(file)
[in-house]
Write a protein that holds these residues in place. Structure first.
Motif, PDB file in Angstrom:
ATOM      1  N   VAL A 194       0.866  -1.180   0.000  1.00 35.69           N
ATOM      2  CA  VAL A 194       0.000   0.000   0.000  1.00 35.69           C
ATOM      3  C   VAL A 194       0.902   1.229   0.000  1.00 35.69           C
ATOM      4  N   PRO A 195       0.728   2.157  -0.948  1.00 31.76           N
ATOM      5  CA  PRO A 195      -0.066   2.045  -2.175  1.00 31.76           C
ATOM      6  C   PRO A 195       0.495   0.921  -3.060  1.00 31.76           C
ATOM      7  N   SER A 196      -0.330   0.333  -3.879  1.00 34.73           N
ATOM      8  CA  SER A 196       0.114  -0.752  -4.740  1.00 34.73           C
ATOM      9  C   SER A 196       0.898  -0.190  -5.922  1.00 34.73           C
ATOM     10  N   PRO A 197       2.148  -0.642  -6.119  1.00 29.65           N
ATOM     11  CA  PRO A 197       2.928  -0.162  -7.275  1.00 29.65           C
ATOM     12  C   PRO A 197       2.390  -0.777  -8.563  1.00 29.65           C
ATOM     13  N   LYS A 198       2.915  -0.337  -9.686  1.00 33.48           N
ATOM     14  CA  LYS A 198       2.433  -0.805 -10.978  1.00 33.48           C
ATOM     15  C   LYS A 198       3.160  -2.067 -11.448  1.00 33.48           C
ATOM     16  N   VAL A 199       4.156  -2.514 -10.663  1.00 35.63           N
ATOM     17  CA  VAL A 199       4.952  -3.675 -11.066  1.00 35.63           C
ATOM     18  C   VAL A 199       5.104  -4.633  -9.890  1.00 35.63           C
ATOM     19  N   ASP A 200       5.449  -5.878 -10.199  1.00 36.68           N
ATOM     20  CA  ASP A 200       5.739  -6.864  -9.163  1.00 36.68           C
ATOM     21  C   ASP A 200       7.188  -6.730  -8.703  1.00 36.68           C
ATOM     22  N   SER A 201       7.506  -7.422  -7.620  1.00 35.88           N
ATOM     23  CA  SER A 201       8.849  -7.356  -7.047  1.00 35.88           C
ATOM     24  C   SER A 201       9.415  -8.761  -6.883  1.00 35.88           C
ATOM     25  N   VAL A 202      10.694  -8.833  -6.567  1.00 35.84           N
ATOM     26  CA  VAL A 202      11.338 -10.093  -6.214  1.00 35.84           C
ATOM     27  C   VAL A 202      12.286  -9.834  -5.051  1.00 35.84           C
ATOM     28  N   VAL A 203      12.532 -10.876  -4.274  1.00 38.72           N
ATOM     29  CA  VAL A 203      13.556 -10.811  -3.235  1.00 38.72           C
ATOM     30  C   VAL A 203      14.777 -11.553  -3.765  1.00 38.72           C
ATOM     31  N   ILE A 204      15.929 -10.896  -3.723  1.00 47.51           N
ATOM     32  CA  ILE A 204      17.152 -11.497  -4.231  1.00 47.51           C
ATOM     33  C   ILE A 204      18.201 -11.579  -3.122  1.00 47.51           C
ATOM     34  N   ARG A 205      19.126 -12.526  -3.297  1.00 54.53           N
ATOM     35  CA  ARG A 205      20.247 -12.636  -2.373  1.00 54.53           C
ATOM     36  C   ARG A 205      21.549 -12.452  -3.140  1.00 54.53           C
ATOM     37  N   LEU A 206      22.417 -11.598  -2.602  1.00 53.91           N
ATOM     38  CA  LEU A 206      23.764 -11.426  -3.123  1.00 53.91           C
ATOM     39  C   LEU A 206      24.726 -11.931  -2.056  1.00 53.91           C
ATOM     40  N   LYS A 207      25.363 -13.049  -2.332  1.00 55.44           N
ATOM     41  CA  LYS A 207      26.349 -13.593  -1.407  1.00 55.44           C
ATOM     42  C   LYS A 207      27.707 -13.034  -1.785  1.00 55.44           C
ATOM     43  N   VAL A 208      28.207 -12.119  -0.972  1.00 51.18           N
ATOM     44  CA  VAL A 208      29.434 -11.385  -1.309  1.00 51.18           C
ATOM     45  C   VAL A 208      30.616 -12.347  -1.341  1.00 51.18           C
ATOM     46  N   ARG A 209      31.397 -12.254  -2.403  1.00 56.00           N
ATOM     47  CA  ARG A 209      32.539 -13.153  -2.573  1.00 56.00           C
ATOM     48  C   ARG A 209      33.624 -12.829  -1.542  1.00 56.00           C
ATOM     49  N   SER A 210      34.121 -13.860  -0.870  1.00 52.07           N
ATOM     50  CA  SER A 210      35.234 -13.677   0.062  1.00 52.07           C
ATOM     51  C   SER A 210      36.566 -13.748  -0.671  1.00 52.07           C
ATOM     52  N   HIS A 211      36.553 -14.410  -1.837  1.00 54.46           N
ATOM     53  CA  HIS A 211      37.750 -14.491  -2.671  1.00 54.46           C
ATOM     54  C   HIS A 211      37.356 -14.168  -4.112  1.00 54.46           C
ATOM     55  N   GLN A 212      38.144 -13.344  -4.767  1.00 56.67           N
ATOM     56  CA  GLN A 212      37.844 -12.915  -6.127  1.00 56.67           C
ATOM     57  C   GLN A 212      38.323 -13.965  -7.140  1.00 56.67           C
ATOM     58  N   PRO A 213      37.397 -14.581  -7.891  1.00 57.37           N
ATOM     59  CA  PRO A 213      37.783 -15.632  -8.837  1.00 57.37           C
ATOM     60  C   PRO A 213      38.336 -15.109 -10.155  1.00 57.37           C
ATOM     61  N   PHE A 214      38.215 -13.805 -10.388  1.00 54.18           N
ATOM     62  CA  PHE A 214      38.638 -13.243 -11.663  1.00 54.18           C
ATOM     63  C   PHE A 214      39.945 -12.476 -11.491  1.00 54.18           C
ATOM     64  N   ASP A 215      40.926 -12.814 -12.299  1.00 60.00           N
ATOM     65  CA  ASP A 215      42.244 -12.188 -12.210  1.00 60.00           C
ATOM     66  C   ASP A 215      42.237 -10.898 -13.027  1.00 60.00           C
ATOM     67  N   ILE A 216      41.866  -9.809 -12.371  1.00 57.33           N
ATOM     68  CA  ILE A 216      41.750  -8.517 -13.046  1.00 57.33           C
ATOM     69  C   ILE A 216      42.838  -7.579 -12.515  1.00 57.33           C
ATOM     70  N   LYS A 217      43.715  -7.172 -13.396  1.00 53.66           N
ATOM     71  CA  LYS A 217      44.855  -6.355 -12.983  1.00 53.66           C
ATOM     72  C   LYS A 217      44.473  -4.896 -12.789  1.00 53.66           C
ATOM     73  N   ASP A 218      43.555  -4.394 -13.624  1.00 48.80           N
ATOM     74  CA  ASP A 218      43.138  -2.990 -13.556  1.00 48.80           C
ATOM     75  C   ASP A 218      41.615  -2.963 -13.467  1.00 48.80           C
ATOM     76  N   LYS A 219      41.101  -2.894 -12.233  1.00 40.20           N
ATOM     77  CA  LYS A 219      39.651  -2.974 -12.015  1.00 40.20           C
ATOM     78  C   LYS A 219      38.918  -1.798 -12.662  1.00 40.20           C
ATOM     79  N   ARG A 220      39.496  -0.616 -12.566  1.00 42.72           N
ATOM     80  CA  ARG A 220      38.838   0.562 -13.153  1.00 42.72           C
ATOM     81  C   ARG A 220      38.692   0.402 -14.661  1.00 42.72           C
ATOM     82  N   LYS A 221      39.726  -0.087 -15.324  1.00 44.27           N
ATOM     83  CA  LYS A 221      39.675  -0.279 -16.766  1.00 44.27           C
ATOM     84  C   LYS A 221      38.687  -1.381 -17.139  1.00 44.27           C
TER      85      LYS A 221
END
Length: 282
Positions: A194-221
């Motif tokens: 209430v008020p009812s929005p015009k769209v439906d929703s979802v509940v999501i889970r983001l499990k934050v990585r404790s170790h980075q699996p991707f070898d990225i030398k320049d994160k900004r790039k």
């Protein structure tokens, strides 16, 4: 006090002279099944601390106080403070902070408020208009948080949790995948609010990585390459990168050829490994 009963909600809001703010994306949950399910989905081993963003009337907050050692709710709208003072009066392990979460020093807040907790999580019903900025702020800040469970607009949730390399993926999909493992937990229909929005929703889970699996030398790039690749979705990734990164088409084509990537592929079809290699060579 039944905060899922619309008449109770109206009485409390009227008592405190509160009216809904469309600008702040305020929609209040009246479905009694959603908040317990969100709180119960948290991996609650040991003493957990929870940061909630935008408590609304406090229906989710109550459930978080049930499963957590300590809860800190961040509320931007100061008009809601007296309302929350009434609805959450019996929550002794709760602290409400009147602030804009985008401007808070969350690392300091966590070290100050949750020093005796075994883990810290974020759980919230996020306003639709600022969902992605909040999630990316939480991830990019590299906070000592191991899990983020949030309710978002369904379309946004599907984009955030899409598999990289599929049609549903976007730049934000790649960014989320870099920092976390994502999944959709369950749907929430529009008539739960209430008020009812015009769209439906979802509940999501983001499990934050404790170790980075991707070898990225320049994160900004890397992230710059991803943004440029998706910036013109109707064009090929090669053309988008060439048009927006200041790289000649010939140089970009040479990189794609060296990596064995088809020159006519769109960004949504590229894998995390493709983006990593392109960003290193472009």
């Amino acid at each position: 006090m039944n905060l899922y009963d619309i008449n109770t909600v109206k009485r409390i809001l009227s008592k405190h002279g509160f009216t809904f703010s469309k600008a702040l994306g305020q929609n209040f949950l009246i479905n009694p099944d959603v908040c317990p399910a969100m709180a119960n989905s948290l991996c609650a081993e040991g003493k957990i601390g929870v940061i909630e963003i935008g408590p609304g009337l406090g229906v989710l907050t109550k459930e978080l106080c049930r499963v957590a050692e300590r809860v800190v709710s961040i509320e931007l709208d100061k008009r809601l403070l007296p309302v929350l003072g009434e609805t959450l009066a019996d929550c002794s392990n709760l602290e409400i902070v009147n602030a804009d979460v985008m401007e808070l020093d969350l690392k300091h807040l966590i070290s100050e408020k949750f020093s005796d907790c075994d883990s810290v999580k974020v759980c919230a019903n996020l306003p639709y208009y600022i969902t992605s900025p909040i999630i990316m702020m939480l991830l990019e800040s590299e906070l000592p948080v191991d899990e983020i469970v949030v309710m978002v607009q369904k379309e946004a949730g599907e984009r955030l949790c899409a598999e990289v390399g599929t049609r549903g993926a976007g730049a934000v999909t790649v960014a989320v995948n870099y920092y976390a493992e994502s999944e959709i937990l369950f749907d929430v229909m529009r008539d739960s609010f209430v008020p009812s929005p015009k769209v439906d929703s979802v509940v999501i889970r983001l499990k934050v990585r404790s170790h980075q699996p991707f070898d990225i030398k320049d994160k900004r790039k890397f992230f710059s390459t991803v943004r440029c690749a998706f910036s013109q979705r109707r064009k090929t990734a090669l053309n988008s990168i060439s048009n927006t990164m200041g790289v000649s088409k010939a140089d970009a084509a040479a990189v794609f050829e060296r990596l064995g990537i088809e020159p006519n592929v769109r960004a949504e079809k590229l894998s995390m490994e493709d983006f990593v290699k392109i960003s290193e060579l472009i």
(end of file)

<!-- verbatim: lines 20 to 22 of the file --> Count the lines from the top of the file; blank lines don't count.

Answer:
ATOM     17  CA  VAL A 199       4.952  -3.675 -11.066  1.00 35.63           C
ATOM     18  C   VAL A 199       5.104  -4.633  -9.890  1.00 35.63           C
ATOM     19  N   ASP A 200       5.449  -5.878 -10.199  1.00 36.68           N